Environmental crime is the perpetration of harms against the environment that violate current law. The term environmental harm is often interchanged with environmental crime and, for some, any activity that has a deleterious effect on the environment is considered an environmental crime. At the other end of the spectrum, the harm may be conceived of as a crime per se only if it is subject to criminal prosecution and criminal sanction.
The activities that are recognised in Australia as environmental crimes include:
* pollution or other contamination of air, land and water;
* illegal discharge and dumping of, or trade in, hazardous and other regulated waste;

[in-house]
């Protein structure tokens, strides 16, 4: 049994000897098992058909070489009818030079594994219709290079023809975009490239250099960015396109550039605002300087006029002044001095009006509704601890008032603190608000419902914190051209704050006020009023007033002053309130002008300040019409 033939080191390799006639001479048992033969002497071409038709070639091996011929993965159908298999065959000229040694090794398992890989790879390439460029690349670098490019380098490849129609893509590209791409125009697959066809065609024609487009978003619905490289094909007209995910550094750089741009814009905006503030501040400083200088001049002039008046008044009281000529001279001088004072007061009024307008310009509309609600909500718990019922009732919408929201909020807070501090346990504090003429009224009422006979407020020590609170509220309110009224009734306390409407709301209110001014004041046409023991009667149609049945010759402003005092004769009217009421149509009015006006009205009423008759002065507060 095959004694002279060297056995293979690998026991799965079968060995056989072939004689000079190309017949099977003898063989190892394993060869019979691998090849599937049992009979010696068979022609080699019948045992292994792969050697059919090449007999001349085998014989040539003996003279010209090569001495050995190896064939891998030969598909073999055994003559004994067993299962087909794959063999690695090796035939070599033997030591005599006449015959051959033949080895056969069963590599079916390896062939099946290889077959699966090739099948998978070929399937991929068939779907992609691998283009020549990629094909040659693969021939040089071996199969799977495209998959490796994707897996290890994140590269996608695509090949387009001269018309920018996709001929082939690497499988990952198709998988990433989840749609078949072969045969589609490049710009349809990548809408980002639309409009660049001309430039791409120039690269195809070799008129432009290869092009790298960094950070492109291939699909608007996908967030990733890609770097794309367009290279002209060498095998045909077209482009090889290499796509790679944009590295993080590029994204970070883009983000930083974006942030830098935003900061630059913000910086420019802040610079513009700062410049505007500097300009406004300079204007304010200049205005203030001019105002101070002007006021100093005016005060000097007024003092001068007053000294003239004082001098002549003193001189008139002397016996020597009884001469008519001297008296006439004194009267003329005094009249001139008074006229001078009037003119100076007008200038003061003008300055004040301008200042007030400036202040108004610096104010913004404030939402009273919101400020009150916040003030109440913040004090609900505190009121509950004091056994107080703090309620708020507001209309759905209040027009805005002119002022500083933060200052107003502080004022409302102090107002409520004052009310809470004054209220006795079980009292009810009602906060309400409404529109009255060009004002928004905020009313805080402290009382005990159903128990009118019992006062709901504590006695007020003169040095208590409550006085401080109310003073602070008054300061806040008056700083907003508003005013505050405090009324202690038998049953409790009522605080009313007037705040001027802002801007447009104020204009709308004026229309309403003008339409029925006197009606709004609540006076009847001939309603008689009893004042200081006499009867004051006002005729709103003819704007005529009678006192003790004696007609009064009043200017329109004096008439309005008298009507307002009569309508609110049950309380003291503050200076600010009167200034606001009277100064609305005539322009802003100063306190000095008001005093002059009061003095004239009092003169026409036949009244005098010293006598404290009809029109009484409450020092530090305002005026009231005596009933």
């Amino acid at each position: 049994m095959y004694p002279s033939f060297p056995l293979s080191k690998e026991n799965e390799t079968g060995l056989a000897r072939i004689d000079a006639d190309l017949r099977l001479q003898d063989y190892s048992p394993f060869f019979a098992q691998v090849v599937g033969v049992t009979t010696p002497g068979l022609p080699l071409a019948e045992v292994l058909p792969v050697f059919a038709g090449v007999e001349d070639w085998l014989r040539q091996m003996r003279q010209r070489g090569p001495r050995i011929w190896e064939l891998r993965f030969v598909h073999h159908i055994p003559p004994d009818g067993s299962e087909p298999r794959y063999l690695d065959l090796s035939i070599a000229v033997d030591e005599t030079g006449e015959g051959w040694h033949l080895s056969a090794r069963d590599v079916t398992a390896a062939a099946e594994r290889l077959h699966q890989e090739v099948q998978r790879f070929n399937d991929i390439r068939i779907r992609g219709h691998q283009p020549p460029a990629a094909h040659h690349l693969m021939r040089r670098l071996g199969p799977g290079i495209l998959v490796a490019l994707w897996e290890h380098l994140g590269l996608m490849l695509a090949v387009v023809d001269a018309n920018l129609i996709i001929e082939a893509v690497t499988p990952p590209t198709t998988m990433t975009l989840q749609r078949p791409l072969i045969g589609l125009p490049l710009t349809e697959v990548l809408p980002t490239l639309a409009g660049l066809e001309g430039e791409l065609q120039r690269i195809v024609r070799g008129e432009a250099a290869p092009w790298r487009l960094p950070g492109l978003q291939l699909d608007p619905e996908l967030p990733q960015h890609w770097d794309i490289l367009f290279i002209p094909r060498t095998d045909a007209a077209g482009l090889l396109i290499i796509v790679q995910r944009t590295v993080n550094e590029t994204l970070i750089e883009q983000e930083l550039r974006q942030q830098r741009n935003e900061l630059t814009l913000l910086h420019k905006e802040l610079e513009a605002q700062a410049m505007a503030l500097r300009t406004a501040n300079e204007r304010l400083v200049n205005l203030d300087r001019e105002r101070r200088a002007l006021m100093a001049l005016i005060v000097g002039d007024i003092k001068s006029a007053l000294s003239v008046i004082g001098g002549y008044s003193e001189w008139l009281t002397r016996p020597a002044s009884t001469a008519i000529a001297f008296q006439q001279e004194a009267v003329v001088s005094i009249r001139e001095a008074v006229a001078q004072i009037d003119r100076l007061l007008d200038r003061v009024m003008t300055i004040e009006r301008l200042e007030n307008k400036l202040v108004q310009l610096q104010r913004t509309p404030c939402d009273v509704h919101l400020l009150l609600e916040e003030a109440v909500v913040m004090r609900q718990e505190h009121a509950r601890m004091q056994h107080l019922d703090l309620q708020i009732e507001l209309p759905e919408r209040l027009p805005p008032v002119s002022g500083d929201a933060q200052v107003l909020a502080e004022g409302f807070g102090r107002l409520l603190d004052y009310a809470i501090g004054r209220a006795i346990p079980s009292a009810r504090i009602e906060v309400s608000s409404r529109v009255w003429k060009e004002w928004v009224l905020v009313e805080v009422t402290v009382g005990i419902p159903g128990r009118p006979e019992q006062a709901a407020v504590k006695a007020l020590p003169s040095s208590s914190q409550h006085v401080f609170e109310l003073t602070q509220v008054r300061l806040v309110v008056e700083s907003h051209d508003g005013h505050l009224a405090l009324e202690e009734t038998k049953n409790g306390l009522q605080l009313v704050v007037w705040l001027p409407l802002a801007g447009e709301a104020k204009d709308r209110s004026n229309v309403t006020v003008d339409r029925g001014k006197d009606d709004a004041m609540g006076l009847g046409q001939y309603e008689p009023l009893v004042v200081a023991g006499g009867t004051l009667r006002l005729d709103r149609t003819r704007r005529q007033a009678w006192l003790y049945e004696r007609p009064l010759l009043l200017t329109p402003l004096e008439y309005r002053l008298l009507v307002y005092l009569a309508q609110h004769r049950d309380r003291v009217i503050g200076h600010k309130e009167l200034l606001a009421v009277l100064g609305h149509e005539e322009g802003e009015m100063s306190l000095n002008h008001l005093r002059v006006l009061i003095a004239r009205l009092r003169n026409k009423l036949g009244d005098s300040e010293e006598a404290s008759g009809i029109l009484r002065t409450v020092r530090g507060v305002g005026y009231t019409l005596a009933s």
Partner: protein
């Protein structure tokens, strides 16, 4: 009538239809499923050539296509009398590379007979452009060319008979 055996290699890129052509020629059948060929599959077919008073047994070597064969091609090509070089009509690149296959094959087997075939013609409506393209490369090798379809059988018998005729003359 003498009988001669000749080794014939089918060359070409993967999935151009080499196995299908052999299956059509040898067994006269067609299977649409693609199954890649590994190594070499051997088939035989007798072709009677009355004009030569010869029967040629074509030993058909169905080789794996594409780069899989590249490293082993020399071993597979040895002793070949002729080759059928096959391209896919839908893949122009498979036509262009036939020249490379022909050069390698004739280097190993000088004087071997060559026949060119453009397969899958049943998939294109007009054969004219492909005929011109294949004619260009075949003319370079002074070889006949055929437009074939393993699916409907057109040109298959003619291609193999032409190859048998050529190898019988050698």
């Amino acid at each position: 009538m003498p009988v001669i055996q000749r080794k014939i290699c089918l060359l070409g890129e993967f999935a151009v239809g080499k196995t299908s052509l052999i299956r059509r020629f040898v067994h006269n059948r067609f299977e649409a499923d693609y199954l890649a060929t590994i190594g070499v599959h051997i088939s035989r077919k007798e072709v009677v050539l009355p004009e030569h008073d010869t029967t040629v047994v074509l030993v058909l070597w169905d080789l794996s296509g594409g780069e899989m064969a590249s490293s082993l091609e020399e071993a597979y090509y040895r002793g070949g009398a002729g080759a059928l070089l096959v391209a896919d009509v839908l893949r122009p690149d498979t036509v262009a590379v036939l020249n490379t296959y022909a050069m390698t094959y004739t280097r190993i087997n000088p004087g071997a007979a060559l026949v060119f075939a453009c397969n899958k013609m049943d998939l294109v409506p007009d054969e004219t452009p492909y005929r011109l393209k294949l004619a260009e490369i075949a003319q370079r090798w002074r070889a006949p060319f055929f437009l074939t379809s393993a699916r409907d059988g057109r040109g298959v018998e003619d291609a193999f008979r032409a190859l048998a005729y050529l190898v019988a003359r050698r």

* illegal trade in ozone-depleting substances;
* illegal, unregulated and unreported (IUU) fishing;
* illegal trade in (protected) flora and fauna and harms to biodiversity;
* illegal logging and timber trade;
* illegal native vegetation clearance; and
* water theft.
Compared with other crimes, environmental crime has taken longer to be accepted as a genuine category of crime. Changing perceptions about the vulnerability of the environment, particularly with respect to long-term outcomes of environmentally harmful practices, has altered this view to the extent that most behaviour with a potential environmental consequence is now tightly regulated.
Environmental crime has received some research attention in Australia but little in the way of a comprehensive account. This report aims to address this by assembling the available literature to examine the nature and extent of environmental crime in Australia and the laws and other processes in place to prevent, deter and sanction environmental offences.